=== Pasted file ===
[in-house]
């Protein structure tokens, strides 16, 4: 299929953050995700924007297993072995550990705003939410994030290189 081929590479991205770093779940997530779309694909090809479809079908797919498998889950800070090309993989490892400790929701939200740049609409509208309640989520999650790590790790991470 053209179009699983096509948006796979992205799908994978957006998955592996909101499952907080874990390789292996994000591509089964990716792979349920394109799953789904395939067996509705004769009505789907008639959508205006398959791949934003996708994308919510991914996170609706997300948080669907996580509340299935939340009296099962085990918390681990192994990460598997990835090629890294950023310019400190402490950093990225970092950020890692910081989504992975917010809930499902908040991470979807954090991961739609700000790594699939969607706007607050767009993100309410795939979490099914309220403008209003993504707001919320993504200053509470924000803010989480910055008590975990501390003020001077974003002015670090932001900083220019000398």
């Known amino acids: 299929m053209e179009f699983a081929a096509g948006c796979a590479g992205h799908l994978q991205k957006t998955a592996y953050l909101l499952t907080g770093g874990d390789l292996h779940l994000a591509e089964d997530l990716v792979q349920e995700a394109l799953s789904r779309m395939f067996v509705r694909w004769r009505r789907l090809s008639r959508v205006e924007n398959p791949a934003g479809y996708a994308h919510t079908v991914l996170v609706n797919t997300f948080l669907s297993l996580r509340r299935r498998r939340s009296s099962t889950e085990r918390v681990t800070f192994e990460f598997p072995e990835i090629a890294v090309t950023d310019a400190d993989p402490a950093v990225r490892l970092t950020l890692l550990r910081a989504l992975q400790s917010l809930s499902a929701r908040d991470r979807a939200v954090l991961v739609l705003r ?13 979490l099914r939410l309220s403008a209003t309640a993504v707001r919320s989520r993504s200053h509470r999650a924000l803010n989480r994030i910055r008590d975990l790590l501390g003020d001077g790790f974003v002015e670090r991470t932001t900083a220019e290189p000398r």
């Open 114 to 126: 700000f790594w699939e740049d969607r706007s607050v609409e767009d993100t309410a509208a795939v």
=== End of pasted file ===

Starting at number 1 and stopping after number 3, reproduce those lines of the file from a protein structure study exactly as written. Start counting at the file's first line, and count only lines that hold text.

[in-house]
């Protein structure tokens, strides 16, 4: 299929953050995700924007297993072995550990705003939410994030290189 081929590479991205770093779940997530779309694909090809479809079908797919498998889950800070090309993989490892400790929701939200740049609409509208309640989520999650790590790790991470 053209179009699983096509948006796979992205799908994978957006998955592996909101499952907080874990390789292996994000591509089964990716792979349920394109799953789904395939067996509705004769009505789907008639959508205006398959791949934003996708994308919510991914996170609706997300948080669907996580509340299935939340009296099962085990918390681990192994990460598997990835090629890294950023310019400190402490950093990225970092950020890692910081989504992975917010809930499902908040991470979807954090991961739609700000790594699939969607706007607050767009993100309410795939979490099914309220403008209003993504707001919320993504200053509470924000803010989480910055008590975990501390003020001077974003002015670090932001900083220019000398």
């Known amino acids: 299929m053209e179009f699983a081929a096509g948006c796979a590479g992205h799908l994978q991205k957006t998955a592996y953050l909101l499952t907080g770093g874990d390789l292996h779940l994000a591509e089964d997530l990716v792979q349920e995700a394109l799953s789904r779309m395939f067996v509705r694909w004769r009505r789907l090809s008639r959508v205006e924007n398959p791949a934003g479809y996708a994308h919510t079908v991914l996170v609706n797919t997300f948080l669907s297993l996580r509340r299935r498998r939340s009296s099962t889950e085990r918390v681990t800070f192994e990460f598997p072995e990835i090629a890294v090309t950023d310019a400190d993989p402490a950093v990225r490892l970092t950020l890692l550990r910081a989504l992975q400790s917010l809930s499902a929701r908040d991470r979807a939200v954090l991961v739609l705003r ?13 979490l099914r939410l309220s403008a209003t309640a993504v707001r919320s989520r993504s200053h509470r999650a924000l803010n989480r994030i910055r008590d975990l790590l501390g003020d001077g790790f974003v002015e670090r991470t932001t900083a220019e290189p000398r």